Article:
Another common notion of size in mathematics, specifically the size of sets, is cardinality. This is the thing you first mentioned: one say that the cardinality of a set $X$ is less than or equal to that of a set $Y$ if there exists an injective map of $X$ into $Y$.

If the cardinality of $X$ is less than or equal to that of $Y$, and vice versa, then one can show (under some reasonable assumptions) that there exists a bijective map $X \rightarrow Y$. One says in this case that $X$ and $Y$ have the same cardinality. It is in this sense that the set of natural numbers and the set of odd numbers have the same size.

Moreover, one can show that for any sets $X$ and $Y$, one of their cardinalities is less than or equal to that of the other. So we can sort of say that cardinality is a total ordering, but we don't say this to avoid logical inconsistencies. A partial ordering is defined on the elements of a given set, and we don't consider all sets to be members of a given set.


Ponder this. If you have an infinite set, does adding or subtracting a single element make it larger or smaller?

How can it. The set still remains infinite. Measuring the size of the set can no longer be done by counting. Neither set has fewer elements than the other. So we can't say one is smaller than the other.

All right. Now suppose you are talking and say "$A\subset B $ so $A $ is smaller than $B $ ...." and some snot - nosed 5 year old says "Why?" and you say "well, it's smaller because it has fewer elements"

And the brat says "Why?" and you say "Every element in A is in B but there are elements in B that aren't in A so B has more elements than A".

And the kid says "Why?" and you say "If $B $ has $b $ elements and $x $ are the elements in $B $ that aren't in $A $ then $A $ has $b-x $ and $b-x<b $".

And the kid says "Why?" and you say "listen, punk, you start off with $b$ and every time you remove one you make it smaller so you get a smaller set, then a smaller, then a smaller".

And the kid opens his mouth and you expect another "Why?" but instead the pest says "What if the set is infinite?".

And you say "Well, when you remove elements from an infinite set then you get.... oh."

So. No, Being a proper subset and the other set having elements you don't have does NOT mean the subset is smaller or has fewer elelements.

.... but there is a chapter 2 coming...


Consider the correspondence

$n \to 4n-1$


$1\to 3$

$2\to 7$


Now it looks like there only enough natural numbers to cover a proper subset of the odds. So does that mean there are more odd natural numbers than natural numbers?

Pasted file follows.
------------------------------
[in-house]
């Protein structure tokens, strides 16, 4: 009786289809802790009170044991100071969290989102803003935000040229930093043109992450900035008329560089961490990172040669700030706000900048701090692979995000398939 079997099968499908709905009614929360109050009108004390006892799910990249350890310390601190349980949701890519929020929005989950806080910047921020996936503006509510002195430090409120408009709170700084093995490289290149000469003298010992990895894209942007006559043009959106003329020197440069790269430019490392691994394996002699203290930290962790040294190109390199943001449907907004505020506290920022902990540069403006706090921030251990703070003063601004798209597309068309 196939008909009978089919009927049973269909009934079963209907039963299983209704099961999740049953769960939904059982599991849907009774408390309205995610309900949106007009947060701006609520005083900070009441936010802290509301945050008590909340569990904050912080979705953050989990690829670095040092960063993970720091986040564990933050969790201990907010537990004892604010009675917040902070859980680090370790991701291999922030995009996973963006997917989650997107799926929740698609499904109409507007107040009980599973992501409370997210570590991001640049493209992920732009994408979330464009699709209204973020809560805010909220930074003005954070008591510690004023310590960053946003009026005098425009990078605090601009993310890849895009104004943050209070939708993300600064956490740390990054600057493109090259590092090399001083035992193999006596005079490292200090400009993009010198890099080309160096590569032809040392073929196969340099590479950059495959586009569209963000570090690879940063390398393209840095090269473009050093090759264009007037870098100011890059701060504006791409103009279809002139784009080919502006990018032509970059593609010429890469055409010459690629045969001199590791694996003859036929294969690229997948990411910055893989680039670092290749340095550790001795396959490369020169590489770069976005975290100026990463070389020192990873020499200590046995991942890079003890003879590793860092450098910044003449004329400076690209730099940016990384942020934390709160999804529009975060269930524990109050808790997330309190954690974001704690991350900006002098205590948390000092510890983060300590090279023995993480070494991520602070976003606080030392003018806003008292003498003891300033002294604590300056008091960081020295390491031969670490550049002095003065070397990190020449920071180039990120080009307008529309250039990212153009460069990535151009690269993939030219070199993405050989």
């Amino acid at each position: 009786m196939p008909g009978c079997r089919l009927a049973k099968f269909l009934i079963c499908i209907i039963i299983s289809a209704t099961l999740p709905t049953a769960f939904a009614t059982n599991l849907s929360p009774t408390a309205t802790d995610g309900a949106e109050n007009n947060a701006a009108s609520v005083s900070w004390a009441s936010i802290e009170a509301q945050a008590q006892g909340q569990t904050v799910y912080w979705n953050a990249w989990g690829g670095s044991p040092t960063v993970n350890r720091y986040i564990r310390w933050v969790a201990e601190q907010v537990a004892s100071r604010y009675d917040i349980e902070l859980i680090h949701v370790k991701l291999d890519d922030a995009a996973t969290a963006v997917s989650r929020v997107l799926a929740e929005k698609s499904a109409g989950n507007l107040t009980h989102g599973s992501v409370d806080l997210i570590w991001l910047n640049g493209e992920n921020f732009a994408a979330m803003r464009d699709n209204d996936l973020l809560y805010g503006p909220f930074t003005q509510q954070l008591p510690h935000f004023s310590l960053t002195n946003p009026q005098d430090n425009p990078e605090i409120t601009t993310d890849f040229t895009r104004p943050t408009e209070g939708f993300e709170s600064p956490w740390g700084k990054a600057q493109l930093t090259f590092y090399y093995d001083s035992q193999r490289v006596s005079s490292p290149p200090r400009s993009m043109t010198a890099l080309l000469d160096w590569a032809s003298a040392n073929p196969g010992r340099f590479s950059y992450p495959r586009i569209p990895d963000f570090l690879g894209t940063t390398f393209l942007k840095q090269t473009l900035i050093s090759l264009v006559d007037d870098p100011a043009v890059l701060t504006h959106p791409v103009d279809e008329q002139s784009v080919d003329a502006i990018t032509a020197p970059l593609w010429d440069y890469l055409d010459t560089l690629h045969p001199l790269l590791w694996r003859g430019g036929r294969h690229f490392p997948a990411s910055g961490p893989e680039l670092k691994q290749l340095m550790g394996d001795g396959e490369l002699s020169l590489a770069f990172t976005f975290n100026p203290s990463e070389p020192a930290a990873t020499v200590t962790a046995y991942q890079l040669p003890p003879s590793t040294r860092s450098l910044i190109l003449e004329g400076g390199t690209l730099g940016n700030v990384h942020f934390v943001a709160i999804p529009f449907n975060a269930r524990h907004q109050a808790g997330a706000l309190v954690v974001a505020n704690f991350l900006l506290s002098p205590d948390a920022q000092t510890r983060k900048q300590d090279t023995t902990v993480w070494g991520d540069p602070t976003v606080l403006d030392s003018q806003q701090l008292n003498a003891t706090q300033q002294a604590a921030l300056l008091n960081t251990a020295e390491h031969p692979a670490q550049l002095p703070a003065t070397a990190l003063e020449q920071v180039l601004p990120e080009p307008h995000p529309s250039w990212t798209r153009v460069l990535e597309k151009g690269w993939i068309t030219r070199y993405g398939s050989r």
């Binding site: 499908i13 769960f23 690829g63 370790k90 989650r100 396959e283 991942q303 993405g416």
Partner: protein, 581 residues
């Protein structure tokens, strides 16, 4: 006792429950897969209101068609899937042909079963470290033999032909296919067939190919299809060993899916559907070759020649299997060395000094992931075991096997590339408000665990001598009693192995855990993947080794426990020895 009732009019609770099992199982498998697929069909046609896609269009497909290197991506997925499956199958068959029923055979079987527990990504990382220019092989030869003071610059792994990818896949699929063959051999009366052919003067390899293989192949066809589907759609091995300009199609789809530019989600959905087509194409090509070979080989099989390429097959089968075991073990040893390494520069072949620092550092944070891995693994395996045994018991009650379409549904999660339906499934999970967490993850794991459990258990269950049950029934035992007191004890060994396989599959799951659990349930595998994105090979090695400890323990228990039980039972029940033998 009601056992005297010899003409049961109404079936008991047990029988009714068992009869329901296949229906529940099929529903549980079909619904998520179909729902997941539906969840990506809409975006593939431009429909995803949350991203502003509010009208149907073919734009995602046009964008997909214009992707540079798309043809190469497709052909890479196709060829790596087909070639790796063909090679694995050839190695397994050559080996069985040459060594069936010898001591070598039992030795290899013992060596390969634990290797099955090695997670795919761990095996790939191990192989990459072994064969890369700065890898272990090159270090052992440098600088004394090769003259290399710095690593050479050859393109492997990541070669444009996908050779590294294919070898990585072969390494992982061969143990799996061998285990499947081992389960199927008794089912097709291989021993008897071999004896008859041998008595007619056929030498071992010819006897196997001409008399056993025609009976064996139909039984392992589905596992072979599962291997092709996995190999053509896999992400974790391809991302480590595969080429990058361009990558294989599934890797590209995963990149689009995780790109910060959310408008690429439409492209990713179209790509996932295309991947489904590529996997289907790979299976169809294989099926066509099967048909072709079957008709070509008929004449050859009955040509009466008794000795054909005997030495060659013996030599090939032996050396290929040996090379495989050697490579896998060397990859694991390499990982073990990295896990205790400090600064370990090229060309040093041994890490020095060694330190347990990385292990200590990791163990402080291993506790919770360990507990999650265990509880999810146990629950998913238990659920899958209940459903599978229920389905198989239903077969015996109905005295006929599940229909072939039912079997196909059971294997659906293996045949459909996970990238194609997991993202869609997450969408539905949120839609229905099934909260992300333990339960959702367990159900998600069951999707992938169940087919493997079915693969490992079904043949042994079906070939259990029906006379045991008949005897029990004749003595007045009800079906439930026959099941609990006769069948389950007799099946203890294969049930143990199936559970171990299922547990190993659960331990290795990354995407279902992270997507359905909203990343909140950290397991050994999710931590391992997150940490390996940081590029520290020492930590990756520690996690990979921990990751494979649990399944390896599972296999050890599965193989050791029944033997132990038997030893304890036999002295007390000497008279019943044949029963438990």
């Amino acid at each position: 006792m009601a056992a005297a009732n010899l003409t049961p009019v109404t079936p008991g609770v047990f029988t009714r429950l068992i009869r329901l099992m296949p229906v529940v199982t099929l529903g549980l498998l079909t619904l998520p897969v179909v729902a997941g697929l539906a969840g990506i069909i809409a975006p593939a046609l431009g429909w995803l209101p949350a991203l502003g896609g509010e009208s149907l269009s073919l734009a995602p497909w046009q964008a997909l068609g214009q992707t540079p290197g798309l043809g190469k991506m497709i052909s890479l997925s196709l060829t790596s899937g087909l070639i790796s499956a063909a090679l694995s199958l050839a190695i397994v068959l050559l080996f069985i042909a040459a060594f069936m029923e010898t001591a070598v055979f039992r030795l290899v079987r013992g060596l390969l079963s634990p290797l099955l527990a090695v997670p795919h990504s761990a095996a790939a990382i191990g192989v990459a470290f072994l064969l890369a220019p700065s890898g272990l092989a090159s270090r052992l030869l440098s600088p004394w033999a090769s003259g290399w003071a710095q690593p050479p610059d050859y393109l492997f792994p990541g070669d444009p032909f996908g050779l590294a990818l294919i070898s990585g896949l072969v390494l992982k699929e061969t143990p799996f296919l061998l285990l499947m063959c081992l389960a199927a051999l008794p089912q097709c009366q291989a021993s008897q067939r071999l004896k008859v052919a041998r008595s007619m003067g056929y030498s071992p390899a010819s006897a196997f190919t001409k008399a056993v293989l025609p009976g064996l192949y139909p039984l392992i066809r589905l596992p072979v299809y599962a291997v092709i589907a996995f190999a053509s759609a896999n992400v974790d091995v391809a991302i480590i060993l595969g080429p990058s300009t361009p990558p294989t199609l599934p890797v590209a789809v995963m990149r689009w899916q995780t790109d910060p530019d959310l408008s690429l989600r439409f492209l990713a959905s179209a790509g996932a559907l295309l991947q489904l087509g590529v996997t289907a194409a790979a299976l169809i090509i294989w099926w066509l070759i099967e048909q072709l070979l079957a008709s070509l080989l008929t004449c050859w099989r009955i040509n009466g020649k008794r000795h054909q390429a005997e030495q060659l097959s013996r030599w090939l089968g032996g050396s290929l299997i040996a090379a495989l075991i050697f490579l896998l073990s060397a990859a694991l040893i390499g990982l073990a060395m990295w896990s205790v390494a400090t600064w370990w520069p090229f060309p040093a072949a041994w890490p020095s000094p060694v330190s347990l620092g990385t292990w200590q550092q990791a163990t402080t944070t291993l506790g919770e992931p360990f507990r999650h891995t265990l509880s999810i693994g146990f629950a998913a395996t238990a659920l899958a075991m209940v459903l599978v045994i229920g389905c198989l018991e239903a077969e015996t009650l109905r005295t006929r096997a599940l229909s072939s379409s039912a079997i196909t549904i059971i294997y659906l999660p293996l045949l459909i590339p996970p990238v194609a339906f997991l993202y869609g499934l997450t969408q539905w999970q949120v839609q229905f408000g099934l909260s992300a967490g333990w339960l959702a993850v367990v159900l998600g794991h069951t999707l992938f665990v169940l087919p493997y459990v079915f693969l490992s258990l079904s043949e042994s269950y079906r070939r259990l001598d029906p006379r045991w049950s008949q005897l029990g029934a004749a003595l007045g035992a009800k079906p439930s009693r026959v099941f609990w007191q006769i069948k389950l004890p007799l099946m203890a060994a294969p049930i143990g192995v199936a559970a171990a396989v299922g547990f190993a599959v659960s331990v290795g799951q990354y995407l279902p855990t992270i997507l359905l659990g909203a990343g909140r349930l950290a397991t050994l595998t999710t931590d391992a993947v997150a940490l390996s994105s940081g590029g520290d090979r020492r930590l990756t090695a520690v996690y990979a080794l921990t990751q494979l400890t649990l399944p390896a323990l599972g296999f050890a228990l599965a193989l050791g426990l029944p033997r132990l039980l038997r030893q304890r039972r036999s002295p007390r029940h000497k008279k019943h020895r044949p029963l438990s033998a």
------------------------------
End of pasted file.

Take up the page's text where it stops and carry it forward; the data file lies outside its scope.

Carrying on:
So if $\mathbb{N}$ contains all of $\mathbb{O}$ and some other stuff as well then surely it would be totally justified to argue that $\mathbb{N}$ is larger than $\mathbb{O}$ ?

It surely is! As you point out yourself, we have $\mathbb{O}\subsetneq\mathbb{N}$ and that is exactly in which sense $\mathbb{O}$ is smaller than $\mathbb{N}$. On the other hand, you also correctly noted that there is a bijective mapping between $\mathbb{N}$ and $\mathbb{O}$ so in that sense, it is not the case that $\mathbb{N}$ is "larger" than $\mathbb{O}$. However, this is no contradiction as we apply two different notions of one set being "larger" than another set. What is probably irritating you is the fact that in the finite case these two notions are kind of "consistent" in the sense that:

if $A\subsetneq B$ then $|A|<|B|$

which does not hold in the general case.


This all depends on how you define 'smaller', and how you want to use it. Yes, if $A$ is a strict subset of $B$, then we can reasonably call $A$ 'smaller' than $B$, even if we deal with infinite sets. However, one big drawback of using the strict subset relation to define 'smaller' is that you wouldn't be able to compare the sizes of sets of different elements. For example, $A = \{ a \}$ is now no longer smaller than $B = \{ b,c \}$ .... which is clearly an undesired result.

So, instead of using the subset relation, most of the time mathematicians use Cantor's notion of cardinality to do set-size comparisons. And yes, while this has some unintuitive results (such as there being 'just as many' odd numbers as natural numbers), this notion does allow us to compare 'sizes' of sets with different elements, and it does obey the following properties that one would like such a set-size comparison notion to have, for example:

  • Every set is the same size as itself